Two things (maybe three):
1) The parts that hang down to keep the bikes from swaying are not attached when you receive the rack. You push the part onto the already-mounted hanger and rotate it down to keep it in place. This keeps it from falling off when in use. Unfortunately, when not in use, a rotation of the anti-sway part (either by the wind or when mounting another bike) can (and DID!) cause the anti-sway part to fall off. To prevent this from happening by accident when the rack is not in use (or some of the bike positions are empty), I attached the rubber strap that is used to secure the bike to one of the attachment knobs on a part that can't fall off. This works for all but the bike position closest to the car trunk. That anti-sway hanger has TWO pieces, both designed to fall off in the same way. With no alternative, I now just take them off the unit entirely and store them in my trunk when not in use. This is not at all convenient, and I'm guessing that eventually I will just stop using the anti-sway pieces for short trips.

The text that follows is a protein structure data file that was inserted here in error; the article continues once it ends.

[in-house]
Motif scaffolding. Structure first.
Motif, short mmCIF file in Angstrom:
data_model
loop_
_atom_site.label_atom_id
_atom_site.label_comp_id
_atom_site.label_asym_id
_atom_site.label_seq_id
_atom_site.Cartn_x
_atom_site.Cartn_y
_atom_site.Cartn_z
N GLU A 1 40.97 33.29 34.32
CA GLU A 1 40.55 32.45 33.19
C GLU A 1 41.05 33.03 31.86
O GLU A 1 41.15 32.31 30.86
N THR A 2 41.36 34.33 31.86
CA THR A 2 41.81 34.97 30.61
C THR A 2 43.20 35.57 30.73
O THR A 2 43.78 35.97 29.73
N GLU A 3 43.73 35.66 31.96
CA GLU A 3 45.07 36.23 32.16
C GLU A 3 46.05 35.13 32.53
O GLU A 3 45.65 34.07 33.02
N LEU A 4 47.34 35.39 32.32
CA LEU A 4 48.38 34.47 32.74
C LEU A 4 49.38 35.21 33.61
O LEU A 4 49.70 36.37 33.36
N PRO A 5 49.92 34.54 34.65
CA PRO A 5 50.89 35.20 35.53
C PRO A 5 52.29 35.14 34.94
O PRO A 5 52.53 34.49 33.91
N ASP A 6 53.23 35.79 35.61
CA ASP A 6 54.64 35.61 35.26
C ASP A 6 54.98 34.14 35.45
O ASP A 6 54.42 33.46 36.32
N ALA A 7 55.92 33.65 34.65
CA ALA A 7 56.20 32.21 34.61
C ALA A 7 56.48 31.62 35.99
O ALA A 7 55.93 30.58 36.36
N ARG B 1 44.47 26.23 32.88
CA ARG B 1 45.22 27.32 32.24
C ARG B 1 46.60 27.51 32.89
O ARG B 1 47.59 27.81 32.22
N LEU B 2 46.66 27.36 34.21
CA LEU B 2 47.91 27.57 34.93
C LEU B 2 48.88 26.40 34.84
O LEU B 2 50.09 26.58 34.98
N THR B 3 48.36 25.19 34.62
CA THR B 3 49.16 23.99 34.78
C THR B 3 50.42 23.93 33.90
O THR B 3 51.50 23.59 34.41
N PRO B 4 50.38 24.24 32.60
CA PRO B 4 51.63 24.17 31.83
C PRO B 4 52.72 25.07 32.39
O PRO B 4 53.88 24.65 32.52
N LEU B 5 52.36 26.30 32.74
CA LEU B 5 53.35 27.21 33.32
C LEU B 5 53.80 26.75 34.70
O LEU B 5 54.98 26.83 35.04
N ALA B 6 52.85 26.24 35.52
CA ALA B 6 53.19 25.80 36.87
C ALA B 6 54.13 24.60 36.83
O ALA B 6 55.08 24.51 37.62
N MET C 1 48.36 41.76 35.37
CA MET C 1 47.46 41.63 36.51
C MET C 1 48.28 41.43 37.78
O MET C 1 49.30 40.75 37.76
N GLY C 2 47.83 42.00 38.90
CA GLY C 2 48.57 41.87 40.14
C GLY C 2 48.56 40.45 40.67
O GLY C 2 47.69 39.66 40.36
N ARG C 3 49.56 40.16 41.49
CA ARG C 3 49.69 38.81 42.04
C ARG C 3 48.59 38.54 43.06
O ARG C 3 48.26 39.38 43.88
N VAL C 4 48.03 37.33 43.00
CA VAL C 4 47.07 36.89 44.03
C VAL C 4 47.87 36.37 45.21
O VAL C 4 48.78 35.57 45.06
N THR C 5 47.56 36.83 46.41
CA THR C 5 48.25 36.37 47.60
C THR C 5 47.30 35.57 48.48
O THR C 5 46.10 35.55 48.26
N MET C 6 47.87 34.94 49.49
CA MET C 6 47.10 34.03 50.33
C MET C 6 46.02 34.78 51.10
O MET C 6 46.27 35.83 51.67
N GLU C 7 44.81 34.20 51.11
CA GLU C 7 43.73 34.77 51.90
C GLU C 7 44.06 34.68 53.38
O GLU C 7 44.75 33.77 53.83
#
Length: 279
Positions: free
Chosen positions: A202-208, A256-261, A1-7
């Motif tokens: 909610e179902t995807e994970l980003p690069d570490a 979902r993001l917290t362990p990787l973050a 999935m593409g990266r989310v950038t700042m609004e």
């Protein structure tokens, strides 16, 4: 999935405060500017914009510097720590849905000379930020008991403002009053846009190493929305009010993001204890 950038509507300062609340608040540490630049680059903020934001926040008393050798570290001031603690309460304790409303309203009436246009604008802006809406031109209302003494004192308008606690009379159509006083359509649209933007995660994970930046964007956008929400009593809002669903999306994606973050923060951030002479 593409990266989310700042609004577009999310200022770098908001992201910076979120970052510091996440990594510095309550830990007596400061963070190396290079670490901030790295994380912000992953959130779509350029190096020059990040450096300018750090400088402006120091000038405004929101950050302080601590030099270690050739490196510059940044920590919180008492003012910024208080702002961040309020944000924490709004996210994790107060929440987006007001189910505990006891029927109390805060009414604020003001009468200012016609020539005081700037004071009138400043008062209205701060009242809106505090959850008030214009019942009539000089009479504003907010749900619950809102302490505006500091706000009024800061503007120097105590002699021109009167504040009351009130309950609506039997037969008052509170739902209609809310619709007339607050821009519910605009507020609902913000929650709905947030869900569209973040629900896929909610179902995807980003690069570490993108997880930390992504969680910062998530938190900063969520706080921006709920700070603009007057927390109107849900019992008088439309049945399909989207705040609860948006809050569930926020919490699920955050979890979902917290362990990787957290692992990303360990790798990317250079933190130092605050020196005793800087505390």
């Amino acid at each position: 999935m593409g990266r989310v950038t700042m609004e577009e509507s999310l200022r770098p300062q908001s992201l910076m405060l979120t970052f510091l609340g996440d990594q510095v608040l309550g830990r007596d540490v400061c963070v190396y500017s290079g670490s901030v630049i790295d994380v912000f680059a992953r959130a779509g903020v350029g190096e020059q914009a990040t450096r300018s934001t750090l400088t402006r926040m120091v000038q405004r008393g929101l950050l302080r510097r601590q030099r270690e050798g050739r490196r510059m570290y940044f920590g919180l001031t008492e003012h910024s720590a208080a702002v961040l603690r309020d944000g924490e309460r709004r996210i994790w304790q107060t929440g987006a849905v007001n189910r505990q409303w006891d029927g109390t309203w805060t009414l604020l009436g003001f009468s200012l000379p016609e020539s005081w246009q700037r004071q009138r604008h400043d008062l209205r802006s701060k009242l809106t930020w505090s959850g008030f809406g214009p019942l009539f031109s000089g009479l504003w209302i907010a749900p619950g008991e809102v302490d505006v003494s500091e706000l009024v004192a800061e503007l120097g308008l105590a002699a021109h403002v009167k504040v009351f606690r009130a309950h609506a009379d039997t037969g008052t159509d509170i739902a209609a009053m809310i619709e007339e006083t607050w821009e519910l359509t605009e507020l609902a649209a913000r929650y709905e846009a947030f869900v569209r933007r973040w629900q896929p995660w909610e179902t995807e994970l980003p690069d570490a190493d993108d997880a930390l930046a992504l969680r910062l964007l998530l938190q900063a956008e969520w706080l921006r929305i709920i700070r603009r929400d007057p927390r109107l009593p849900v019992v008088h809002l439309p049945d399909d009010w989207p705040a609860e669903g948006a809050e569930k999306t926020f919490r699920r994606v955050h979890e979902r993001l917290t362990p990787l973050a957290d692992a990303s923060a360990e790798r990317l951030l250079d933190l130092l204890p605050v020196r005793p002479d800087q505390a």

2) I would have bought the 2-bike model, but I decided to buy the 3-bike unit because there is only 4 inches between hanging positions. As I suspected, the rear rack on one bike gets in the way of the handlebars on the other. So I mount the bikes in position 1 and 3, leaving position 2 empty. This works fine, except:
3) Thule specifies that this 3-bike rack, which is sold in a 1.25" hitch version., should not be used with 3 bikes in the 1.25" version. Really? Why even sell a rack that's not supposed to be used in the configuration it's designed for? Besides, isn't the total weight on the hitch what really matters? 100 pounds or less should be the criterion, not the number of bikes on the rack.
4) Just as a point to consider: The product information for the 1.25" hitch I have warned that one should use a support/stabilization strap (available from U-Haul for around $9) when using a rack (vs towing). Seems like a good idea to me.